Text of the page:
Saturday, October 3, 2009
ATLANTA, GA—Lodgian, Inc. (NYSE Alternext US:LGN), one of the nation’s largest independent hotel owners and operators,reported that it is developing a strategic plan to strengthen the company’s balance sheet and better position the company for the near- and intermediate-term. In conjunction with this plan, the company is conducting an analysis of its operating portfolio. Results of the review to date are as follows:
· The Merrill Lynch Fixed Rate Pool 3, secured by six hotels, is in default. The loan matured on October 1, 2009. The company has engaged in negotiations with the lender regarding extension and modification of the loan, with no resolution to date. Unless some agreement is reached in the near-term, the company intends to return the hotels to the lender in full satisfaction of the debt;
· The company has stopped servicing the debt secured by the Crowne Plaza in Worcester, Mass., and intends to return the hotel to the lender in full satisfaction of the debt; and
· The company continues its cost reduction initiatives.
“We continue to focus on strengthening our balance sheet by extending maturities for certain debt facilities and pursuing options with respect to overleveraged assets,” said Dan Ellis, Lodgian president and chief executive officer.
“Year-to-date, we have extended $71.6 million of the Merrill Lynch mortgage debt that matured on July 1, 2009. We remain committed to reducing administrative and operating costs to improve the operating performance of the company as a whole. Further, we continue our review of the portfolio which may result in additional assets being returned to lenders.”
Merrill Lynch Fixed Rate Pool 3
The Merrill Lynch Fixed Rate Pool 3, with a principal balance of $45.6 million, matured on October 1, 2009.
The company has been in discussions with the lender regarding extension and modification of the loan; however, no agreement has been reached at this time. The loan is now in default and the lender may accelerate repayment of the loan and begin foreclosure proceedings, although it has not yet done so. If no agreement is reached, the company intends to return the hotels to the lender in full satisfaction of the debt.
Crowne Plaza Worcester
On a trailing twelve month basis, the cash flow from the Crowne Plaza in Worcester was not sufficient to service the debt on the property. As a result, the company did not make the required debt service payment on September 11, 2009. The company is now in default on this loan, and the lender may accelerate repayment of the loan.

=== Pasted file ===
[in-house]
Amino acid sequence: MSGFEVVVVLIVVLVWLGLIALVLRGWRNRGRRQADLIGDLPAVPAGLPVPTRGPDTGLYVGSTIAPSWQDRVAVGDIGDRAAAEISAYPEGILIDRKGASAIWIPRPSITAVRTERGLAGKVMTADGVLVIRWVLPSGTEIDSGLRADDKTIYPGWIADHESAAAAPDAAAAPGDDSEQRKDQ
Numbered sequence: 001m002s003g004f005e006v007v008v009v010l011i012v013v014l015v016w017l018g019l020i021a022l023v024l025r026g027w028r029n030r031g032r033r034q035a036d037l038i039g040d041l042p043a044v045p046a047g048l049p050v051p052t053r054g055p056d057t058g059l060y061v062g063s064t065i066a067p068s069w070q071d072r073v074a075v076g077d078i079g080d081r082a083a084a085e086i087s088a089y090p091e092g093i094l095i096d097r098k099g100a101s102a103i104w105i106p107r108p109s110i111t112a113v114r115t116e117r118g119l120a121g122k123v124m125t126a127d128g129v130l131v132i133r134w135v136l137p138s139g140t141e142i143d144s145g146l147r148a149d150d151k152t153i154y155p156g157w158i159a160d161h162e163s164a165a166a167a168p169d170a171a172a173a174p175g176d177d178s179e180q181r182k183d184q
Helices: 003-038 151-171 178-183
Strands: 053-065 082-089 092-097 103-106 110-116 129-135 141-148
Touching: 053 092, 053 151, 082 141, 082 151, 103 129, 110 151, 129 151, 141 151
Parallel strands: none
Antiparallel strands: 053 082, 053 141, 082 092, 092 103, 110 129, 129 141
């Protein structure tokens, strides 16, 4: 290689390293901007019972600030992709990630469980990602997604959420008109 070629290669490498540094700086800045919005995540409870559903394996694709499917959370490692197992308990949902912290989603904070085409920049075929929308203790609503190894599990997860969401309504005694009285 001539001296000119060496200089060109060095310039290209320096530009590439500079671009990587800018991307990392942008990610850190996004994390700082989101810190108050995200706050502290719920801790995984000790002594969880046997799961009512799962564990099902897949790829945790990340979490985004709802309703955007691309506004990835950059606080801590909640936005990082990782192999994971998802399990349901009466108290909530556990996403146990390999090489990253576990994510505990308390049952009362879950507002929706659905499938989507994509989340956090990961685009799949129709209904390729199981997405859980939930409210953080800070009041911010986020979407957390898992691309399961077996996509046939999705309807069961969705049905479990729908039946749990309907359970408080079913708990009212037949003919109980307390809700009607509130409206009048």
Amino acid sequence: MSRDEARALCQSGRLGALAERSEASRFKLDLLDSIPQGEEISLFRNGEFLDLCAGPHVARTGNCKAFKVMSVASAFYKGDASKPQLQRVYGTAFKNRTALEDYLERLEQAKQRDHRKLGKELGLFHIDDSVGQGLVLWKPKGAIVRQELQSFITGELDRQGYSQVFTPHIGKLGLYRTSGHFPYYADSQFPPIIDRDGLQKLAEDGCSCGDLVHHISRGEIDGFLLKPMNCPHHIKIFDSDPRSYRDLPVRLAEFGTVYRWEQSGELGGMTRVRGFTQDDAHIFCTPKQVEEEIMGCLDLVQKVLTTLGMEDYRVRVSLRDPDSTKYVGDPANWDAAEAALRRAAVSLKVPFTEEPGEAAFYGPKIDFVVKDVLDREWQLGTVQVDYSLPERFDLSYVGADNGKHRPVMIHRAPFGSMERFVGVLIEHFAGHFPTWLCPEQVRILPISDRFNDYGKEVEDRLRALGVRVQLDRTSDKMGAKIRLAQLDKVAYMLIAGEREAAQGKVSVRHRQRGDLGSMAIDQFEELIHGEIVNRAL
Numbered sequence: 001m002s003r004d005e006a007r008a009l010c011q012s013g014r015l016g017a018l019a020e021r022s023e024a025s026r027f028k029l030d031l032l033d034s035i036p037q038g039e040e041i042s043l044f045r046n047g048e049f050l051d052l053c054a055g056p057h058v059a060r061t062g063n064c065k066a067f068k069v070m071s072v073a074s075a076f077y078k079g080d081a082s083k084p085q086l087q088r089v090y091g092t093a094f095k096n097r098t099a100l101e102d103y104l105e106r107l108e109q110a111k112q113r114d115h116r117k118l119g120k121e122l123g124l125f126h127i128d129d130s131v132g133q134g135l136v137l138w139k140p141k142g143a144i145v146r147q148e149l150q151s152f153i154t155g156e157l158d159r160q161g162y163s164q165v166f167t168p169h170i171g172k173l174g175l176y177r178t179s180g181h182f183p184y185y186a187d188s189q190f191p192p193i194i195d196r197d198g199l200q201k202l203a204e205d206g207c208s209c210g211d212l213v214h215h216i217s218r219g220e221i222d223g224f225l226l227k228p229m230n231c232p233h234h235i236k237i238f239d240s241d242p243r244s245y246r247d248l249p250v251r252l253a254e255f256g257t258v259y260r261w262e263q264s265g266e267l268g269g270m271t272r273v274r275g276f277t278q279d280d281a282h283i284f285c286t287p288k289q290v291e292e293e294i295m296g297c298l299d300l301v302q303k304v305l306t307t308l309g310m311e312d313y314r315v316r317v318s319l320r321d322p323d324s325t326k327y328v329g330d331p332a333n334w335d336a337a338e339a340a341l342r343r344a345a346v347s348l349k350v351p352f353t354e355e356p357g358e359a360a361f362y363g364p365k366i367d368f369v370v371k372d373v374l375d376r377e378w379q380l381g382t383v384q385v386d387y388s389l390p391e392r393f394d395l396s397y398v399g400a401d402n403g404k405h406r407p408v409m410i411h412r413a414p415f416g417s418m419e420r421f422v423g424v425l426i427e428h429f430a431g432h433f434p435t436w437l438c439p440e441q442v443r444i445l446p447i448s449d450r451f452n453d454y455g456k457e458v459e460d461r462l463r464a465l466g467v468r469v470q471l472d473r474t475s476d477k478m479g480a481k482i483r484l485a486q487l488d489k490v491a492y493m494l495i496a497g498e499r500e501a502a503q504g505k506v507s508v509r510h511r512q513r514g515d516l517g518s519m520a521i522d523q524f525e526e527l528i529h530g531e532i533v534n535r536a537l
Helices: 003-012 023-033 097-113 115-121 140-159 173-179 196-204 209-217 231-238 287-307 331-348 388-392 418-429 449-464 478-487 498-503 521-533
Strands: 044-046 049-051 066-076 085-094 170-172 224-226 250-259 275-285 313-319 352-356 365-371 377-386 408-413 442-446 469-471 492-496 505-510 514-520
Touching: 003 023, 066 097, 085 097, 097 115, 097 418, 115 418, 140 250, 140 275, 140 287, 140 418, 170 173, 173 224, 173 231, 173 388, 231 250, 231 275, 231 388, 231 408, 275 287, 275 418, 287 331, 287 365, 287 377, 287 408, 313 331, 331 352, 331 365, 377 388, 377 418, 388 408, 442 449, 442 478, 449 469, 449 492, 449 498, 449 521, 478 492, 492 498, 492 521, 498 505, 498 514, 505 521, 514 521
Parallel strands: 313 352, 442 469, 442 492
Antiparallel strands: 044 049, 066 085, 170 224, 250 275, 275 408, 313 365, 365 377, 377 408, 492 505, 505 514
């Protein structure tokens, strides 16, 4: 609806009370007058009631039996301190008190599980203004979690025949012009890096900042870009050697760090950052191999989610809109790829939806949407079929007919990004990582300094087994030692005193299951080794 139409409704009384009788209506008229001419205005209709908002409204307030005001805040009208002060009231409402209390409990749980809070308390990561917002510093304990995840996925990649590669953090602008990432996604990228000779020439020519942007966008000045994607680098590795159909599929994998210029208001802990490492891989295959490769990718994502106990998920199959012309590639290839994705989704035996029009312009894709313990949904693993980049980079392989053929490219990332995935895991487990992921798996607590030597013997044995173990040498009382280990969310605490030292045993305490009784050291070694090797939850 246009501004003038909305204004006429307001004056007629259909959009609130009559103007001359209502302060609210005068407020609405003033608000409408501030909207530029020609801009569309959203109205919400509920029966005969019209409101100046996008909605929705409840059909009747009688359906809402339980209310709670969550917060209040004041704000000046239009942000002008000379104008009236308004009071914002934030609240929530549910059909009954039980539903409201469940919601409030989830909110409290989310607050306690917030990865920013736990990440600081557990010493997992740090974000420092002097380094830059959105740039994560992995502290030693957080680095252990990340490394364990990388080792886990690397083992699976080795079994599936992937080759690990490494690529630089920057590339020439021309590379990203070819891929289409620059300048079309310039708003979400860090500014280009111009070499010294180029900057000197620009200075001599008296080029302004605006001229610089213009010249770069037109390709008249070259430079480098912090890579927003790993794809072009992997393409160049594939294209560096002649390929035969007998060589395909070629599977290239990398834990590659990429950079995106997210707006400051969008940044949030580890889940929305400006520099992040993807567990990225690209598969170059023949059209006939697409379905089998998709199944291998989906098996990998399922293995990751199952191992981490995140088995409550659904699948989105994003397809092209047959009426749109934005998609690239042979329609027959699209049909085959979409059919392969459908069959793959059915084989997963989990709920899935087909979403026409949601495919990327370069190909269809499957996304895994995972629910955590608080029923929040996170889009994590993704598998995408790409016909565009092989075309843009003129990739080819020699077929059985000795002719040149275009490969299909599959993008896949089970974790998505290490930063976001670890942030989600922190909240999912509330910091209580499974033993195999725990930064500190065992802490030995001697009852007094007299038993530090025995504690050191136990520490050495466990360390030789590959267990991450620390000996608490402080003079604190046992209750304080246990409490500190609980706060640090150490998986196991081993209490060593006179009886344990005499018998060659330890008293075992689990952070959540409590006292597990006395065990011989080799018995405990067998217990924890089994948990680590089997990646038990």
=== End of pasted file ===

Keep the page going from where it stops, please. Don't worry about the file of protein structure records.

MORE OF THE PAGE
The hotel is encumbered by a $16.3 million, fixed-rate CMBS mortgage that bears interest at 6.04%. The mortgage matures in February 2011, and is non-recourse to the company. Annual debt service on the mortgage is approximately $1.3 million, while the trailing twelve month NOI for the property was $0.6 million. The company does not expect further negotiation with the special servicer and intends to convey the hotel to the lender in lieu of repayment.
For a complete copy of the company's news release and further information, please contact:
Debi Neary Ethridge, Vice President, Finance & Investor Relations, email@example.com, (404) 365-2719
ORLANDO, FL--Cornerstone at Lake Hart, Ltd. recently sold its 1± acre McDonald's leased outparcel to Nova Lot 4, LLC for $1,133,200 cash. The McDonald's is located in Cornerstone at Lake Hart, Ltd.'s Publix anchored shopping center at Narcoossee Road (Highway 15) and Moss Park Road in Orange County.
NAI Realvest negotiates two new industrial lease contracts totaling 13,740 SF in Poinciana and SE Orlando
ORLANDO, Fla. – NAI Realvest recently negotiated two new lease agreements totaling 13,740 square feet of industrial space at industrial facilities in southeast Orlando and Poinciana in Kissimmee.
At 1719 and 1721 Business Center Lane in the Poinciana CommerCenter (bottom left photo) in Kissimmee, Mudodon Inc. d/b/a Academy of Martial Arts of Kissimmee leased 3,240 square feet for over five years. Small Bay Partners, LLC of Maitland is the landlord.
For more information, contact:
Michael Heidrich, Principal, NAI Realvest, 407-875-9989 firstname.lastname@example.org
Patrick Mahoney, President, NAI Realvest 407-875-9989 email@example.com
Beth Payan or Larry Vershel Communications, 407-644-4142 Lvershelco@aol.com
The upward turn will be slow and tenuous, but it will come. Mid-2010 to early 2011 should mark the arrival of true sustainable recovery and optimism. The local and national economies must return to a growth pattern, particularly employment, if commercial real estate is to substantially rebound. After all, the lifeblood of our industry is the employed workforce.
It really is a question of timing. What some consider the worst two-to-three
quarter stretch in the region’s history may finally be waning.
However, we are well into the full throws of the aftershocks. Commercial real estate is a classic lagging industry and this recession
A top headline, once again, is the virtual disappearance of the sales market. In the past three years, the sales count has fallen from 61 to 44 to 15 respectively.
Volume over the same time period has gone from $684 million to $358 million to $46 million. There remains a strong disconnect between buyers, sellers, and lenders.
Alicia Moody, +1 804 200 6418, Alicia.Moody@am.jll.com